Like many parts of society, we are facing increasing administrative burdens in the parishes. It is easy to write it off as simply a burden placed on us by those who love bureaucratic demands – but it is more important than that.  For example the administration of safeguarding trust is essential because of experience of what happens when the vulnerable, especially children are not cared for and protected. And in this context, may I urge that the audits and training opportunities be taken very seriously in each parish. Similarly the new Charities Legislation is essential to prevent the misuse of funds raised for specific charitable purposes, and so the list could continue. However one of the results has not only been an increased workload on parishes, but in some cases on the parochial clergy. Some may be fortunate as serving in parishes with the resources, human and financial, to remove much of this burden. Other clergy may have particular skills and cope easily with administrative responsibilities. The fact is that many either find the burden overwhelming, or else spend so much time fulfilling such duties that they have little time to do what they were ordained to do, and what indeed parishes have a right to expect.  This is bound to lead to incredible stress, and there are many signs of such stress among clergy throughout the Church of Ireland. Incidentally this stress tends to quickly have an effect on the spouse as well, and my wife recently organised a very well supported residential conference for clergy spouses, similar to those occasionally provided for clergy. I mention this subject because serious stress is something that I have detected as increasing among clergy across the years. Stress leads to a lack of morale and spiritual aridity.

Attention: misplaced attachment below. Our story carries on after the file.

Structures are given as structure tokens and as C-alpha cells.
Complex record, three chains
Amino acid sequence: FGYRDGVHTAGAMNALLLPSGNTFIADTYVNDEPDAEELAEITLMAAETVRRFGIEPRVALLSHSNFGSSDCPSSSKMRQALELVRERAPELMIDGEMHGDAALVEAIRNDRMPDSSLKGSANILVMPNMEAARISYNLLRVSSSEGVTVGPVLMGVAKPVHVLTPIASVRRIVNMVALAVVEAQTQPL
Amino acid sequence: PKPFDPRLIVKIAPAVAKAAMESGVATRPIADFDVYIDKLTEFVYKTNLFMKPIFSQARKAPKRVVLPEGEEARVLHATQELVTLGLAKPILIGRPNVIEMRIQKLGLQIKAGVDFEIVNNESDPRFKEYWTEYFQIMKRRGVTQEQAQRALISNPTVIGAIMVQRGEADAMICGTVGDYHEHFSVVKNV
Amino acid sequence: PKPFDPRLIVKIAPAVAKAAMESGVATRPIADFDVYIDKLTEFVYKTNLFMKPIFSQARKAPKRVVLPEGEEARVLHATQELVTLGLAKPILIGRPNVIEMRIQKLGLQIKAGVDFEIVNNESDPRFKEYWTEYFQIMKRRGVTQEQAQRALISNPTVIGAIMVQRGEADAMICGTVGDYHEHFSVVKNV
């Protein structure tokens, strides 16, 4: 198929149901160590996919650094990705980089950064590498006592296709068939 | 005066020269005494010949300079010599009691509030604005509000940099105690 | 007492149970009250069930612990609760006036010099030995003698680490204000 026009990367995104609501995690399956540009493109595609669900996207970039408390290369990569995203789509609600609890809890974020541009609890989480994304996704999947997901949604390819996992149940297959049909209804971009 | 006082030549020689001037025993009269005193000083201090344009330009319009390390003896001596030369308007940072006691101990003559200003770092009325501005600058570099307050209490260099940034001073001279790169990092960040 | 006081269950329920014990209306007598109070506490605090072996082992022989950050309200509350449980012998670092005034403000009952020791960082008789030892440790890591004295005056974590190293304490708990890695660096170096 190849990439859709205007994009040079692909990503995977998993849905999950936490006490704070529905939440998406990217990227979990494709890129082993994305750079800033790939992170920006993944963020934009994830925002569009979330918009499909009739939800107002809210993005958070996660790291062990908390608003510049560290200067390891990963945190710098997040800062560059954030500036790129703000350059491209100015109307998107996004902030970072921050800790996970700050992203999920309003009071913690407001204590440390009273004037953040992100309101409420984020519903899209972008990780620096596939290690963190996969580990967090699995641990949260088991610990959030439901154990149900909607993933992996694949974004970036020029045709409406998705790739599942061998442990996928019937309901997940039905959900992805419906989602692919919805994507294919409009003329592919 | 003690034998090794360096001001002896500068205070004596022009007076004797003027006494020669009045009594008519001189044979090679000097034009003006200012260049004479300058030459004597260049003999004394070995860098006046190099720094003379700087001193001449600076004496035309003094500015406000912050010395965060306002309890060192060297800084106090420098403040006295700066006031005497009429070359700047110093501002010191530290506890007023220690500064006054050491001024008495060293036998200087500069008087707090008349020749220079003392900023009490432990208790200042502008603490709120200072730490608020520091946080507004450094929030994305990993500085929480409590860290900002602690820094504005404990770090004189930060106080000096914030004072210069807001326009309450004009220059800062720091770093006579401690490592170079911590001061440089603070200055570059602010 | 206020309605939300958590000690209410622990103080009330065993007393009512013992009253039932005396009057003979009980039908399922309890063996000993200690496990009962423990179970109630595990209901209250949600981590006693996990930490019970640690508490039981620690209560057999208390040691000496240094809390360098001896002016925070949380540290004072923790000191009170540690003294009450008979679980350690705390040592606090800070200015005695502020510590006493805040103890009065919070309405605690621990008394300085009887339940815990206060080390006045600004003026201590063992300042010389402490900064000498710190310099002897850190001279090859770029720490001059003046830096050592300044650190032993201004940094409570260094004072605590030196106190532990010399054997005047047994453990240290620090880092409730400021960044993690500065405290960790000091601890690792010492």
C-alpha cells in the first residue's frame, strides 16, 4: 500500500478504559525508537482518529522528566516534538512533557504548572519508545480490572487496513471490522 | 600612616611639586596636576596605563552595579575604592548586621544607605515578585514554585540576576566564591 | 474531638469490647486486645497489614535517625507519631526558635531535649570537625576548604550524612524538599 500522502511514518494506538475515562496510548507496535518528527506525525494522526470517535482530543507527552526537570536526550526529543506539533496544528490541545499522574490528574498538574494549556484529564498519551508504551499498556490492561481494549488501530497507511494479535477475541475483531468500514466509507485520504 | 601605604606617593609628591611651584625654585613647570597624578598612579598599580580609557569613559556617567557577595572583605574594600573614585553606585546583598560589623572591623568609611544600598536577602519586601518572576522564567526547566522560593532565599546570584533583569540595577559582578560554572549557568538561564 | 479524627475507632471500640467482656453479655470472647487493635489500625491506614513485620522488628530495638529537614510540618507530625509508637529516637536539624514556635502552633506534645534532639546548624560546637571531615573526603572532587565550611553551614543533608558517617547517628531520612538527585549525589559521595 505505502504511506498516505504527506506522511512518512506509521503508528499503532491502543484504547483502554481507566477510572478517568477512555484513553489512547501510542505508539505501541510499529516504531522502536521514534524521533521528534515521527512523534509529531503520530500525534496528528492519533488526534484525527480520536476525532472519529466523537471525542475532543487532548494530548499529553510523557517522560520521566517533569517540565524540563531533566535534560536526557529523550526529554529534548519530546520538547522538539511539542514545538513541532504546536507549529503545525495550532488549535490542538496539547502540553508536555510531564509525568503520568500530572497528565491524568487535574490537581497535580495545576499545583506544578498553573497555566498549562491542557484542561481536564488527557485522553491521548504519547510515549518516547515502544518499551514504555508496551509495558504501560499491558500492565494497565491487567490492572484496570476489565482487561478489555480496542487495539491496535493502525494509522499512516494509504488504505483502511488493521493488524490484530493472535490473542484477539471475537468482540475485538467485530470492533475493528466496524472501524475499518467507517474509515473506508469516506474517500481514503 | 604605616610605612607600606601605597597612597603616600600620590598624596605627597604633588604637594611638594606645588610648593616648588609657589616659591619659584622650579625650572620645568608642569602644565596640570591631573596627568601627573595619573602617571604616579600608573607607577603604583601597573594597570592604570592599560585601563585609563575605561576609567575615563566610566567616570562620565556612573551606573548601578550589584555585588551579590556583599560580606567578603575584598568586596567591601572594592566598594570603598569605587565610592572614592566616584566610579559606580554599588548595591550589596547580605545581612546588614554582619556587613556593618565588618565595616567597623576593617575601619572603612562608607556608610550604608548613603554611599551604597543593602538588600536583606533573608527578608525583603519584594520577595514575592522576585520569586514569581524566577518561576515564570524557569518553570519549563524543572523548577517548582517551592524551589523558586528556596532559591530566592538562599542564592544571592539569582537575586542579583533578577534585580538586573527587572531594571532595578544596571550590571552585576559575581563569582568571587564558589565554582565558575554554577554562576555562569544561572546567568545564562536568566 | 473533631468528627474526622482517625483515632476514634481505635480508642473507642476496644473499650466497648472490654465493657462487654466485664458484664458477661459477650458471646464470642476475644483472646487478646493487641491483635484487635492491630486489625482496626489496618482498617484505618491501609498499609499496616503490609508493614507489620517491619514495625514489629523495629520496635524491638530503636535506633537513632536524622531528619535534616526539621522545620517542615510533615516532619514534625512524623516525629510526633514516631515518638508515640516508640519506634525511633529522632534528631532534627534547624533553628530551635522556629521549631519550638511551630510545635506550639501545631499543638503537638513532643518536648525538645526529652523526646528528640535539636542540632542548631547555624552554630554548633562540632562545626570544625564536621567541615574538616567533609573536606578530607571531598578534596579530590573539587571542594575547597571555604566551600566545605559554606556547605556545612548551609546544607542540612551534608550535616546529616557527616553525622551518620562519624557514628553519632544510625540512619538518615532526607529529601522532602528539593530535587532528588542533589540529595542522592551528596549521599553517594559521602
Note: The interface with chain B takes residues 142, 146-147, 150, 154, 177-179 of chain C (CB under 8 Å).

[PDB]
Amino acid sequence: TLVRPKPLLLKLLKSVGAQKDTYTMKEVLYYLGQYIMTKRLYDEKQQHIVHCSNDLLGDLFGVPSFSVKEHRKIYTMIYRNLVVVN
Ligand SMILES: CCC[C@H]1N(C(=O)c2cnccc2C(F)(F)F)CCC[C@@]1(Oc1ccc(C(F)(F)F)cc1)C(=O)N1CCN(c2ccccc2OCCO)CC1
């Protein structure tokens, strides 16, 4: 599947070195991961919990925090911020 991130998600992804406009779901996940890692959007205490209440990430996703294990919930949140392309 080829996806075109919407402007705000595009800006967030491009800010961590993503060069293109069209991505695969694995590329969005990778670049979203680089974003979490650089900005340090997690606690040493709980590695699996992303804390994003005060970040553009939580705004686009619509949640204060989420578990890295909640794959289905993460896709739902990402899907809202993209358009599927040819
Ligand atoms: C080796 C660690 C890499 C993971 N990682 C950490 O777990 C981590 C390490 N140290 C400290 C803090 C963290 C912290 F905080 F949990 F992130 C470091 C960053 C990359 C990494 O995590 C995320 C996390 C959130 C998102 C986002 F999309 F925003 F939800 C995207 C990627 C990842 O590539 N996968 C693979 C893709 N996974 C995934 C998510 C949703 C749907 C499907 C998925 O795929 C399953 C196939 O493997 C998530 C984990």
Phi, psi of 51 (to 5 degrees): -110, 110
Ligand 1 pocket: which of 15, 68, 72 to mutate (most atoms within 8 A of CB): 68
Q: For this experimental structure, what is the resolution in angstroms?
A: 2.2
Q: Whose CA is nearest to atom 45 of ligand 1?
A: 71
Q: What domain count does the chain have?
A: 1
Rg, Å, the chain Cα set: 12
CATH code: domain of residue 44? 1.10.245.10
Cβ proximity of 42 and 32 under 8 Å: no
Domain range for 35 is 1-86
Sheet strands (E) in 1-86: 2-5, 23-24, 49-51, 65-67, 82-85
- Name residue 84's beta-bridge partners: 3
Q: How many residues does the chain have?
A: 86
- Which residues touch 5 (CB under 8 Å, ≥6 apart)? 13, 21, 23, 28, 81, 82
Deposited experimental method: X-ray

But to return to the positive features of life in the diocese for which we thank God. I have remarked several times recently on the numbers and quality of those presenting for ordination from these United Dioceses. We are producing well over a third of the ordinands in the whole Church of Ireland, fifteen of the present forty candidates in training. I am encouraged by this, but also by what is a real factor in it. The clergy, whatever the pressures to which I have already referred, are setting an example, and the parishes themselves are definitely becoming more mission orientated. It is remarkable to compare the Diocesan Council on which I served perhaps thirty years ago with the Council today. Whilst still the list of decisions taken may look as if the work of the Council is chiefly about matters of administration, but the longest and fullest discussions at the Council are not about money nor buildings, they are about mission - be that mission among the young, or outreach to the international community, or communications, or developing new forms of ministry. This is really a turnaround for any committee charged with the administration of a diocese. But this is happening because out there in the parishes, such matters are high on the agenda, as we look at the number of youth workers now employed by parishes, the mission links developing with the church overseas, and an exciting venture like that of a ministry of outreach in a new mode in Rathmines sponsored by a rector and a parish with a vision for mission.